The law was the culmination of a populist movement that began with the founding of Yosemite all the way back in 1890. But the Act was also about a very 20th century American problem: cars. The people who promoted the Wilderness Act year after year before its passage—arch-druids like ecologist Aldo Leopold—worried that roads, and cars bearing tourist hordes threatened to overwhelm the last wild places within the confines of the U.S.
In a very real, legal sense, wilderness equals roadlessness, at least in the U.S.
Here's how the Wilderness Act defines the sometimes problematic term in its name: "A wilderness, in contrast with those areas where man and his own works dominate the landscape, is hereby recognized as an area where the earth and its community of life are untrammeled by man, where man himself is a visitor who does not remain." In fact, some people had to be removed (see Yosemite) to permit any vision of "an enduring resource of wilderness" (in the words of the Act) to become reality.
From the very beginning then, wilderness has been defined by what it isn't: humans and the mechanization we increasingly employ, particularly mechanical transport, whether car, boat or aircraft. The Wilderness Act legislated against the American people themselves, looking to keep us out of certain places, so as to retain the "primeval" character of these places—their flora and fauna—and to reserve them for the enjoyment of fleeting human visitors. The Act represents a gesture of humility and self-restraint.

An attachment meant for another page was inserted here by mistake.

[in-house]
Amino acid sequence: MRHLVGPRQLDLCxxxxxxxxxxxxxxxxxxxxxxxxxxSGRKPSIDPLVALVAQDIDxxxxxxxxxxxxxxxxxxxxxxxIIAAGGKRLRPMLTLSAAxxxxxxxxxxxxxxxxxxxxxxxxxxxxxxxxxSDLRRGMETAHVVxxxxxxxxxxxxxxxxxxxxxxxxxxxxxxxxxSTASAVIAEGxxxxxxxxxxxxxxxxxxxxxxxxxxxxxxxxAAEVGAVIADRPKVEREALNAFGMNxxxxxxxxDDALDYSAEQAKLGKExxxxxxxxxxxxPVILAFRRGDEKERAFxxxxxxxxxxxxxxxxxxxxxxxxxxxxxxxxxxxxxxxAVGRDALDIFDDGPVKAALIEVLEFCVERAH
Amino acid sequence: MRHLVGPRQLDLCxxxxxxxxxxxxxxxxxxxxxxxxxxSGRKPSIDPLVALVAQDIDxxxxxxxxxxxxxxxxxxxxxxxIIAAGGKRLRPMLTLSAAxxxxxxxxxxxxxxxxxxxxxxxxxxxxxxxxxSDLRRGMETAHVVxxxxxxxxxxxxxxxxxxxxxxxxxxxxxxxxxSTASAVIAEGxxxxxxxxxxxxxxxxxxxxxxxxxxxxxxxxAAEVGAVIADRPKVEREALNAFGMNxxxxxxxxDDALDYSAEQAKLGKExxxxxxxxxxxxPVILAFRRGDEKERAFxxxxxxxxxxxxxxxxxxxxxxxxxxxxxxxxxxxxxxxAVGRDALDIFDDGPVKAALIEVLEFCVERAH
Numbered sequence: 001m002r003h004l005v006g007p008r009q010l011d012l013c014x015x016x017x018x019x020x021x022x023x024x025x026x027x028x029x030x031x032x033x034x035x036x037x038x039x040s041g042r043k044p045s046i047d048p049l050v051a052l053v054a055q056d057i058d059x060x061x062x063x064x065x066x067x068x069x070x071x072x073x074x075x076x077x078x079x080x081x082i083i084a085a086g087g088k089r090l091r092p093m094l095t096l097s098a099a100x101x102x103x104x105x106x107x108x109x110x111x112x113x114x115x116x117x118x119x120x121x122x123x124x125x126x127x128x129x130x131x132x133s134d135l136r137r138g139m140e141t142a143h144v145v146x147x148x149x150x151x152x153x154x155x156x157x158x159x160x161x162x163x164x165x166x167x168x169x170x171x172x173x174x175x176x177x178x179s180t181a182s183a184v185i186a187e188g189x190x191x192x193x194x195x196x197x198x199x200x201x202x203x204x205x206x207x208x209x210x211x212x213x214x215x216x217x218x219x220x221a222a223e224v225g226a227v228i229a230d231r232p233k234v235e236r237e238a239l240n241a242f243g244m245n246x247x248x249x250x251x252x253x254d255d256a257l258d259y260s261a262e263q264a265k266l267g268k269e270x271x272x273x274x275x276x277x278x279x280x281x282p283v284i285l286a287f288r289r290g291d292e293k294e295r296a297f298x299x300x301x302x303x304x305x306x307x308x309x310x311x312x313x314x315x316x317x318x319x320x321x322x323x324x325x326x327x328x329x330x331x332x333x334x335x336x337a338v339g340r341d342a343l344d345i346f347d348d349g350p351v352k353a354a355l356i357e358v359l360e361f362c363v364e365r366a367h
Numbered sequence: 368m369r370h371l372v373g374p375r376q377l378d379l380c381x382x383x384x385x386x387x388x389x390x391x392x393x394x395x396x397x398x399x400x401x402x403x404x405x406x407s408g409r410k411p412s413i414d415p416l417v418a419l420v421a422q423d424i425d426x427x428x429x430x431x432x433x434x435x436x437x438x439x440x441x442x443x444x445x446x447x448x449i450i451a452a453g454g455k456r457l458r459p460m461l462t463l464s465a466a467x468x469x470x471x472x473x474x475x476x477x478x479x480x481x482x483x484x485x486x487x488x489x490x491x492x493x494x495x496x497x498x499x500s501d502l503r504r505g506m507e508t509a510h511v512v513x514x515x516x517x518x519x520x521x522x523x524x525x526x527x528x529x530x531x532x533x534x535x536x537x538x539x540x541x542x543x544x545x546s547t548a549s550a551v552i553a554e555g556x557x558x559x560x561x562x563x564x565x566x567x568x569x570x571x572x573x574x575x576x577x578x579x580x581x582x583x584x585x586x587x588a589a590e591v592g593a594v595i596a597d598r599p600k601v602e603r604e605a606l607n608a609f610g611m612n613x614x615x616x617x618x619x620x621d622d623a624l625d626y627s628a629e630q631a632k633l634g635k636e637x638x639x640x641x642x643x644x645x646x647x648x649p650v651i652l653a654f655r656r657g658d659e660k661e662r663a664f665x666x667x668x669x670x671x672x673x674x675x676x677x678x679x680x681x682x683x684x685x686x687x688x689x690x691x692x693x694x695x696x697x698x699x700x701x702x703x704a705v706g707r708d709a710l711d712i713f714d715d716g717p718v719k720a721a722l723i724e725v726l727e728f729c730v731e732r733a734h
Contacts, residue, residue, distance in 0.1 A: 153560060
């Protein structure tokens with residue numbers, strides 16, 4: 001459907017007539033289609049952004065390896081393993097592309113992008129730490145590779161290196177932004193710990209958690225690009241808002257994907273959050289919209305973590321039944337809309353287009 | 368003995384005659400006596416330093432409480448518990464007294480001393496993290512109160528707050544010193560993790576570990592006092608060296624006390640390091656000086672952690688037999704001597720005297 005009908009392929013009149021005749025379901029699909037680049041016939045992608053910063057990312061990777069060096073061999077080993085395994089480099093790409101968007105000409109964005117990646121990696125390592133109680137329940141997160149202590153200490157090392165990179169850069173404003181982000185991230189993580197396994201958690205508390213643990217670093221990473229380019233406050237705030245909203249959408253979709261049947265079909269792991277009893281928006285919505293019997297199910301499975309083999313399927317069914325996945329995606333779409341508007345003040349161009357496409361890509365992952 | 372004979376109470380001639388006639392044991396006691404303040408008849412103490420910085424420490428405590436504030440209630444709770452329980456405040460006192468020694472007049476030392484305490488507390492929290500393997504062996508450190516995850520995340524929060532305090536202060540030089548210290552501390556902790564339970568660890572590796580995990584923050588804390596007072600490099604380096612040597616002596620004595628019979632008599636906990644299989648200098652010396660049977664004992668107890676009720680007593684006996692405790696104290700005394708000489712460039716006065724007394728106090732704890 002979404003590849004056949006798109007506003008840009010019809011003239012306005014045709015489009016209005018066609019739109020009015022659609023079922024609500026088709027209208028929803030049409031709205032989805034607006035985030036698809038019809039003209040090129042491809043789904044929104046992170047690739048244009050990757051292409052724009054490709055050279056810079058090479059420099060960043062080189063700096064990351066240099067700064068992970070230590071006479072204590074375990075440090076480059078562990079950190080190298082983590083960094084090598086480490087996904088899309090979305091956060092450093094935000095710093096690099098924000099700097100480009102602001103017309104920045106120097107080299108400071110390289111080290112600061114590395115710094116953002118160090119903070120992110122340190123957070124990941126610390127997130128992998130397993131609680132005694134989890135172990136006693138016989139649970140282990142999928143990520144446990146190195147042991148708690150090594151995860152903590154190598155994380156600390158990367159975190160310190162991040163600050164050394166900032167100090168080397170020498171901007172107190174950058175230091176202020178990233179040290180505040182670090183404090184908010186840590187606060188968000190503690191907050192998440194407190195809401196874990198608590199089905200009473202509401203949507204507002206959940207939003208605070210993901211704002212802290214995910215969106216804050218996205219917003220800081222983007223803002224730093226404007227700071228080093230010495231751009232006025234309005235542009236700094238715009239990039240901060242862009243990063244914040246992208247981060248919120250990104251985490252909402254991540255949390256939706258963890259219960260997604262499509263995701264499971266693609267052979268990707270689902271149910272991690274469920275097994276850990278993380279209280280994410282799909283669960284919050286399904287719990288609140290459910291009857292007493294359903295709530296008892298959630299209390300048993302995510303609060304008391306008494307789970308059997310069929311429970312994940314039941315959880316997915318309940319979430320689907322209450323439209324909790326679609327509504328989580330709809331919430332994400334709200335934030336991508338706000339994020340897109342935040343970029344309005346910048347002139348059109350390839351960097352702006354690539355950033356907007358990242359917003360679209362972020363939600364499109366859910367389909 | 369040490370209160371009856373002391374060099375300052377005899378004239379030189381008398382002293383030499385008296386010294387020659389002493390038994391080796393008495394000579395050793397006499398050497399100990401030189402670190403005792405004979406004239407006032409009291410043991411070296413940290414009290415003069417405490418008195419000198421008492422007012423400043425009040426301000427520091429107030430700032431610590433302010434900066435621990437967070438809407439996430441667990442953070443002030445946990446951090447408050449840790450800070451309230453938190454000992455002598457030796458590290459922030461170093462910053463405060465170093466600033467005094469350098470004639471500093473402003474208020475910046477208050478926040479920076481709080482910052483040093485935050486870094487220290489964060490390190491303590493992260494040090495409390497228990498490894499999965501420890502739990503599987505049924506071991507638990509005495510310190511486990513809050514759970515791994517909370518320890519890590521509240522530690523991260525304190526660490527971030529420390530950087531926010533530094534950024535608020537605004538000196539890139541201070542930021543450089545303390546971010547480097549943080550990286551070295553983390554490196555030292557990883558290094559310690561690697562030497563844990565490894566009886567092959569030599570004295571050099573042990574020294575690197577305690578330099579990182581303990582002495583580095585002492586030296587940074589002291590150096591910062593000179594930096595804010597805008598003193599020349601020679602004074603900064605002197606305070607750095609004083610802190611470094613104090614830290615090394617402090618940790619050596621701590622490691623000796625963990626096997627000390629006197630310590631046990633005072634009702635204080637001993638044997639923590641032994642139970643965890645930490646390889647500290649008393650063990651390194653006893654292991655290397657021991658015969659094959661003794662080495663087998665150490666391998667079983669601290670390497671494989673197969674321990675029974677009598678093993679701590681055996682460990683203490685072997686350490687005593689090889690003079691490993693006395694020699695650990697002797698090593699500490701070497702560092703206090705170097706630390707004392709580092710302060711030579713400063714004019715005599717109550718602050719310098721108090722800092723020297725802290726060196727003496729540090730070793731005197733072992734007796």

But most wilderness in the continental U.S. is not untrammeled land. Wilderness areas are often former working landscapes—the Orwellian phrase created by the logging industry to explain away clear cuts—whether they were cleared for logging or farming over the course of the 19th century and early 20th centuries in places like the Adirondacks. The great forest that once covered the eastern U.S. has been re-growing for the last 50 years, even if its primeval quality may be illusory, given the exotic animals and plants that now live there. And, in this era of global warming, even the Artic and other remote spots show signs of human trammeling—whether the leavings are plastic detritus or a changed climate.